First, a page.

Citgo HQ could be moved to Aruba: officials
Caracas, 10 January (Argus) — Citgo's corporate headquarters could be transferred from Houston to Aruba if recent tensions between Venezuela and Dutch-controlled Caribbean islands are resolved amicably, two senior Venezuelan government officials familiar with the matter told Argus.
The government of president Nicolas Maduro has been "toying with the possibility" of moving Citgo's headquarters to Aruba since 2015 because of increasingly sour diplomatic relations between Caracas and Washington, one of the senior Venezuelan officials said.
But the idea appears to be gaining traction in Caracas following Maduro's decision at end-November 2017 to name Asdrubal Chavez as Citgo's new chief executive.
Chavez, a 30-year oil industry veteran and first cousin of late president Hugo Chavez, is believed to be a central figure in the campaign to move Citgo to the tiny island, where the refiner has been seeking an operational foothold.
In June 2016, Citgo signed a lease to restart and revamp Aruba's 280,000 b/d San Nicolas refinery formerly owned by US firm Valero. A restart of the refinery, which has been mothballed since 2012, was supposed to happen in mid-2018.
Under the transfer proposal that Chavez is advocating in cabinet-level discussions involving new energy minister and PdV chief executive Manuel Quevedo, Citgo would continue to operate its refineries in Texas, Louisiana and Illinois, plus its pipelines and related distribution terminals across the US Midwest and southeast.
But Citgo's presidency and key financial executives would be based in Aruba in an arrangement the proposal's supporters believe would better insulate the company's top Venezuelan executives and finances from direct US government interference.
The idea comes against a backdrop of increasing pressure from US sanctions on individual Venezuelan officials, including Maduro, and US financial sanctions imposed in August 2017. Asdrubal Chavez is not currently on the list of sanctioned Venezuelan officials. It is unclear if he is in Houston.
PdV since late 2016 has pledged 100pc of Citgo's equity as collateral to back two major financial transactions, including a voluntary bond swap deal worth about $2.5bn, and a $1.5bn loan obtained at end-2016 from Russian state-controlled Rosneft.
Chavez was named Citgo's chief executive after Venezuelan acting attorney general Tarek Saab ordered the arrest of six senior Citgo executives in November 2017 on corruption charges related to an allegedly illegal scheme to refinance $4bn of Citgo debt without the approval of parent firm PdV's board of directors.
The six Citgo executives include former acting chief executive Jose Pereira who remains jailed in Caracas.
Saab's accusations that the six executives secretly conspired to refinance Citgo debt lost steam following the disclosure of an official PdV board of directors meeting transcript dated 14 June 2017 that shows the transaction was reviewed and approved unanimously by PdV's board.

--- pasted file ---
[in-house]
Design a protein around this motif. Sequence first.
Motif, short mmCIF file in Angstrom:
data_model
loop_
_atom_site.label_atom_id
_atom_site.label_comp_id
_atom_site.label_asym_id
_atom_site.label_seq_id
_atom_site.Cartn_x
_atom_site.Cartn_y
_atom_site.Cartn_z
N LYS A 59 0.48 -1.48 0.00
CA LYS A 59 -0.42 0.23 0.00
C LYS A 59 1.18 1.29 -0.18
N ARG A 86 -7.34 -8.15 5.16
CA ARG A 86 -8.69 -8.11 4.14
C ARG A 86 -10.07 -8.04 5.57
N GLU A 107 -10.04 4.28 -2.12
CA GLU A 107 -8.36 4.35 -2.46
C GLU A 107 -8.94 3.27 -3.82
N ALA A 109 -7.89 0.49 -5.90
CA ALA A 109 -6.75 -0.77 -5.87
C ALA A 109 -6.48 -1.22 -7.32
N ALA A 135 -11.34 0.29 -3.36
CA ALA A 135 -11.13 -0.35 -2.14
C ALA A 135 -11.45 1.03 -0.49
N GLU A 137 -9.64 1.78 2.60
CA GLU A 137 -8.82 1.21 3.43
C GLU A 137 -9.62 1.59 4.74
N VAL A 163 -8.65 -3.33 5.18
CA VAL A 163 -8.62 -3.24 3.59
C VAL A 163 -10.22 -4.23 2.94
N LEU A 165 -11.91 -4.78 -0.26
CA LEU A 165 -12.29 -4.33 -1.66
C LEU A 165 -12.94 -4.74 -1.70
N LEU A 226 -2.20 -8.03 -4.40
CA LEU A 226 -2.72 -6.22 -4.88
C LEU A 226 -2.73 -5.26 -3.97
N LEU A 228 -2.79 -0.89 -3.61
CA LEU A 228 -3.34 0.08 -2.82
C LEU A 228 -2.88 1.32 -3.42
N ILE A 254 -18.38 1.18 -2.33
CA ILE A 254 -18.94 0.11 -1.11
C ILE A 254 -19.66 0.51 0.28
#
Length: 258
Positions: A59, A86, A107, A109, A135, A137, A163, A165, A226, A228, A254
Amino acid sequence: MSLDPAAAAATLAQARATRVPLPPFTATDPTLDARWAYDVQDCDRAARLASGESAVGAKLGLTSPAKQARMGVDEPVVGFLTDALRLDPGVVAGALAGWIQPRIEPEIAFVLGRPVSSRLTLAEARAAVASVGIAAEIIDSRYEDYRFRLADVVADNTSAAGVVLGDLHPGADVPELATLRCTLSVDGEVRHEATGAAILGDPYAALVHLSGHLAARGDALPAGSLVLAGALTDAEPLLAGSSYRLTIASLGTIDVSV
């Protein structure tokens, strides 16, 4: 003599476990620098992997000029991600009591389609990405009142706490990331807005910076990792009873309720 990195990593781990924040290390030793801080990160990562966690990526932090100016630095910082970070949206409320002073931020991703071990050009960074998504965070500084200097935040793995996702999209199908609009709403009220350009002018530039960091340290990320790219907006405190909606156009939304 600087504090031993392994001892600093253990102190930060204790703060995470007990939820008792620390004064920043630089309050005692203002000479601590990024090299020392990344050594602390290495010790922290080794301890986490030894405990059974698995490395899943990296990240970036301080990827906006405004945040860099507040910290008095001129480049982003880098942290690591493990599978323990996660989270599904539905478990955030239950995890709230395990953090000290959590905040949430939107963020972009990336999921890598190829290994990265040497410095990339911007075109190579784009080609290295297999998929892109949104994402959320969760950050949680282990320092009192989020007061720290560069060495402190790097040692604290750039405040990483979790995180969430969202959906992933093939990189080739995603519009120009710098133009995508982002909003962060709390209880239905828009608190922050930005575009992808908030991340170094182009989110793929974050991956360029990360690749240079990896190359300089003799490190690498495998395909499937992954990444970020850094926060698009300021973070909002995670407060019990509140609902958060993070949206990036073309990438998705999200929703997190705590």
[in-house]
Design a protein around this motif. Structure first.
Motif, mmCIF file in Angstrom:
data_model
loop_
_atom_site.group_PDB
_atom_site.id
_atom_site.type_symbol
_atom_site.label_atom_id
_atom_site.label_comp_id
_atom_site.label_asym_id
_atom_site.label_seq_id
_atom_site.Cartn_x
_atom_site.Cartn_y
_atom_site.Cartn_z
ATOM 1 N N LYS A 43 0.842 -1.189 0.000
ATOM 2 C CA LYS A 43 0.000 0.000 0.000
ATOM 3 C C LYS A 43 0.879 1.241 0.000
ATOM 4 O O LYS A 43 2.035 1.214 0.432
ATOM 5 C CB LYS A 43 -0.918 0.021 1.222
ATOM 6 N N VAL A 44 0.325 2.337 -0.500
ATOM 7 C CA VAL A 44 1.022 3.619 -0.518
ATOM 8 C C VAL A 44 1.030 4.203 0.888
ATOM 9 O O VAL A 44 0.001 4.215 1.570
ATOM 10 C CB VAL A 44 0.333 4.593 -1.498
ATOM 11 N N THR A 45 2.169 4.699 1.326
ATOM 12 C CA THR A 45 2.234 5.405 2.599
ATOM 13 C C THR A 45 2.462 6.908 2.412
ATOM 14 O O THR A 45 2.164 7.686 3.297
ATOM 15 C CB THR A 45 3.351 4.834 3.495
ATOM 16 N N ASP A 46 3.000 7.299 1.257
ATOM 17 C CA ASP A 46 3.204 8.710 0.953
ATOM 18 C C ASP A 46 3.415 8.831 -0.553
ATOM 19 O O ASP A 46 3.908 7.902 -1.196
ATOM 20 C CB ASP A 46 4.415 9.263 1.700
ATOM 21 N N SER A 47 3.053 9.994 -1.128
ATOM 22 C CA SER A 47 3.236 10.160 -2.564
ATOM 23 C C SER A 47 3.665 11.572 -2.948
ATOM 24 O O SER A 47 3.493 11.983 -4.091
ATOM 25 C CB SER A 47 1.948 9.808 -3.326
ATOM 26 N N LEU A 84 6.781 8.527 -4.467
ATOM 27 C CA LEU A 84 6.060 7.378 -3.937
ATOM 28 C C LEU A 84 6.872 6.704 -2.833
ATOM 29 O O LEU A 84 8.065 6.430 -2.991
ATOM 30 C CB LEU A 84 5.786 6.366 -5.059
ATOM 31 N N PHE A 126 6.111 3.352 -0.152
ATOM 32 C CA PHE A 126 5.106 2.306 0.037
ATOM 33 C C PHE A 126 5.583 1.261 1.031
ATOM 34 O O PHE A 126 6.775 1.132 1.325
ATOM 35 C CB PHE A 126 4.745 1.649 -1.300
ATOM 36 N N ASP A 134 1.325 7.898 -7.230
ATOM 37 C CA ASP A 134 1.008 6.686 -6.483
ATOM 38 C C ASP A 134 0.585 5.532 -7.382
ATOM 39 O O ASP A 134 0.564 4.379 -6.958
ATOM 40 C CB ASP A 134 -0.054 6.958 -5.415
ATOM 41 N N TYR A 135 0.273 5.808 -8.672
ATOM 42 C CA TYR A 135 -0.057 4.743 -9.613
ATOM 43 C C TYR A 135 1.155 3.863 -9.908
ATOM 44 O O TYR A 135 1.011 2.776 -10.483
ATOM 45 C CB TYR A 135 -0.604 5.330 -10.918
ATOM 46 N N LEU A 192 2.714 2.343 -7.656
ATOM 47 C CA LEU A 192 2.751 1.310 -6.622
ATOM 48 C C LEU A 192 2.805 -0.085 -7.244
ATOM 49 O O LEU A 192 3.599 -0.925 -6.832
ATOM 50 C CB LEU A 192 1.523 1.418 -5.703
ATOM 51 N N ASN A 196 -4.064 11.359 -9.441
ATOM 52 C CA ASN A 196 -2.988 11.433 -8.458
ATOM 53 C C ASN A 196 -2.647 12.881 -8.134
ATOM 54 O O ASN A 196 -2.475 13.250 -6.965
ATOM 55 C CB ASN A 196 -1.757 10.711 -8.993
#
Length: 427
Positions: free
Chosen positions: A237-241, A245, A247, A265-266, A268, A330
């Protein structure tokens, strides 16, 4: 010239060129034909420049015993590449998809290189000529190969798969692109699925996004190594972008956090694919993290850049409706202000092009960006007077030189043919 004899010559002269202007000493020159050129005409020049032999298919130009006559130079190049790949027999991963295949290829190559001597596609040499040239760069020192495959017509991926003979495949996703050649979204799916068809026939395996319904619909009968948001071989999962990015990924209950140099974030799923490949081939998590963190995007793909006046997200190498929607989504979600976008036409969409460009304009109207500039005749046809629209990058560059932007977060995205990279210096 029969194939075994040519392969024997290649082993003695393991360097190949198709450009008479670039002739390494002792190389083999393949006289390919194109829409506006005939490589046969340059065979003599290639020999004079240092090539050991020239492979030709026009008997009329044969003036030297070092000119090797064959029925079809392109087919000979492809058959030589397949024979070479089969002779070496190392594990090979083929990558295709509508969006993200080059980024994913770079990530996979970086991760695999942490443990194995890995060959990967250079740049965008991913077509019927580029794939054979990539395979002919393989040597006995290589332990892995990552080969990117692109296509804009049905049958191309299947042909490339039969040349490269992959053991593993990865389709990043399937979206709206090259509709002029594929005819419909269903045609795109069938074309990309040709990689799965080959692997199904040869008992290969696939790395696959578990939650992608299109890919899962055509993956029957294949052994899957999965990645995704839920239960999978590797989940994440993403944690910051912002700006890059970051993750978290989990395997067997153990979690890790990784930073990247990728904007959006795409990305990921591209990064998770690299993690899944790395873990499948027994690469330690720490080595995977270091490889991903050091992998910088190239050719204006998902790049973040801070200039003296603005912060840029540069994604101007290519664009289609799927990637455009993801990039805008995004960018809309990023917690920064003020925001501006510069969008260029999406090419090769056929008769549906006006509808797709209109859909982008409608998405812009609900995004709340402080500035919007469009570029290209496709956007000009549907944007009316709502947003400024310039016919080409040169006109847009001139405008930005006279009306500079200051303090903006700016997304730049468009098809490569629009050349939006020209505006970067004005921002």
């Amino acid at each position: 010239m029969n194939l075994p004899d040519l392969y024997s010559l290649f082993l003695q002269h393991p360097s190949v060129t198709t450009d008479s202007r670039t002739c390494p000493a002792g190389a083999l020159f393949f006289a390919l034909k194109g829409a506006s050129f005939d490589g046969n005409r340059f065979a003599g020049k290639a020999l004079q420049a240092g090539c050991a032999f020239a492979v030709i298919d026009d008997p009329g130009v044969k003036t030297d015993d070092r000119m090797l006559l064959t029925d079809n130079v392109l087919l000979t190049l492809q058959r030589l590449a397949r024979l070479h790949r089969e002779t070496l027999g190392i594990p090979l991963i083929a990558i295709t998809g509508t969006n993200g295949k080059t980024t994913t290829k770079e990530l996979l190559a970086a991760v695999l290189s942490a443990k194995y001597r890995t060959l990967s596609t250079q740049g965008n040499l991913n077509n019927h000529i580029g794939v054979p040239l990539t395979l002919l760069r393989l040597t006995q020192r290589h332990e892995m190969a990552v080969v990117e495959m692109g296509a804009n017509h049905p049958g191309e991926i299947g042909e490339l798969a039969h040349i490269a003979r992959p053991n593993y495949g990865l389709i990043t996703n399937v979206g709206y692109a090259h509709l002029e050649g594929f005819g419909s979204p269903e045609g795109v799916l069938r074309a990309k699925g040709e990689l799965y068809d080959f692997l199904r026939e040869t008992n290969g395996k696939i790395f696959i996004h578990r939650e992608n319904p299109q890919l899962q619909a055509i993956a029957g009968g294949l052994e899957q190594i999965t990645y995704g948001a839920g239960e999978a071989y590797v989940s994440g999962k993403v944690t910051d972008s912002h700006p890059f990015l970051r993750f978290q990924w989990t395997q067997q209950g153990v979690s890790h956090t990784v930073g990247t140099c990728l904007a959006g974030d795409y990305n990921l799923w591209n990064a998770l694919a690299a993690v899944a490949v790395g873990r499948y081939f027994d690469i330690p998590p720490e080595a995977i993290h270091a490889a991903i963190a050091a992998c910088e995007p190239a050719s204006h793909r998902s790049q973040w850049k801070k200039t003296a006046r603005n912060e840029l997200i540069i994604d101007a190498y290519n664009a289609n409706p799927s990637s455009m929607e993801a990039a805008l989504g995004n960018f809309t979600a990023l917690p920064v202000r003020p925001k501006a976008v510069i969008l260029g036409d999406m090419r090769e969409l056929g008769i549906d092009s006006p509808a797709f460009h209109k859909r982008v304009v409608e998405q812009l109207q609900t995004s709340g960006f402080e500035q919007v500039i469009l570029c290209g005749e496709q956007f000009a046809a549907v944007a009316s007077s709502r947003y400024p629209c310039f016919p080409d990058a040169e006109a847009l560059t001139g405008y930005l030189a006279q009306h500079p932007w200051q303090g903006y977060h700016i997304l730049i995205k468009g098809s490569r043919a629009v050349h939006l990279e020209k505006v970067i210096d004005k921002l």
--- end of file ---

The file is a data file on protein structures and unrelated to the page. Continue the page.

PdV board members present at the 2017 meeting in which the refinancing proposal was approved included PdV's then-chief executive Eulogio Del Pino, executive vice president admiral Maribel Parra, current constituent assembly (ANC) president Delcy Rodriguez, Mariany Gomez, Cesar Triana, Nelson Ferrer, Yurbis Gomez, Wills Rangel, Ricardo Menendez, Rodolfo Marcos Torres, Citgo's currently jailed former chief executive Pereira, and PdV's corporate counsel Vicky Zarate. Del Pino was arrested on separate corruption charges late last year.
A move by Citgo's top brass to Aruba faces several obstacles, including the recent sharp deterioration in relations between the Maduro government and the authorities of Aruba, Bonaire and Curacao, three tiny islands with oil ties to Venezuela.
Maduro ordered the closure of Venezuela's air and sea borders with the islands on 5 January, and subsequently warned that the borders will not be reopened until island authorities meet with senior Venezuelan officials to craft a plan to disrupt illegal smuggling of coltan, diamonds and gold from Venezuela's Bolivar state to the nearby islands.
A humanitarian air bridge has reportedly been established in an apparent compromise during the regional visit of a Dutch minister in charge of relations with the islands, and a high-level meeting is supposed to take place on 12 January.
Venezuela's energy ministry is at odds with the authorities of Curacao and Bonaire over the structural deterioration of refinery and oil storage facilities leased and owned by PdV on both islands.
PdV has refused to commit to investing up to $3bn to upgrade the 325,000 b/d Isla refinery on Curacao that it operates under a lease expiring next year. PdV is also battling a decision by Bonaire's authorities to rescind PdV's license to operate its 10mn bl Bopec storage and terminal facility in February 2018 unless the Venezuelan company makes urgent repairs.
Citgo said it had no immediate comment on the proposed move.
The company owns and operates three refineries with combined crude processing capacity of 749,000 b/d including 157,000 b/d Corpus Christi in Texas, 425,000 b/d Lake Charles in Louisiana and 167,000 b/d Lemont in Illinois. Citgo's downstream assets also include three wholly owned pipelines, equity stakes in six other pipelines and 48 product terminals.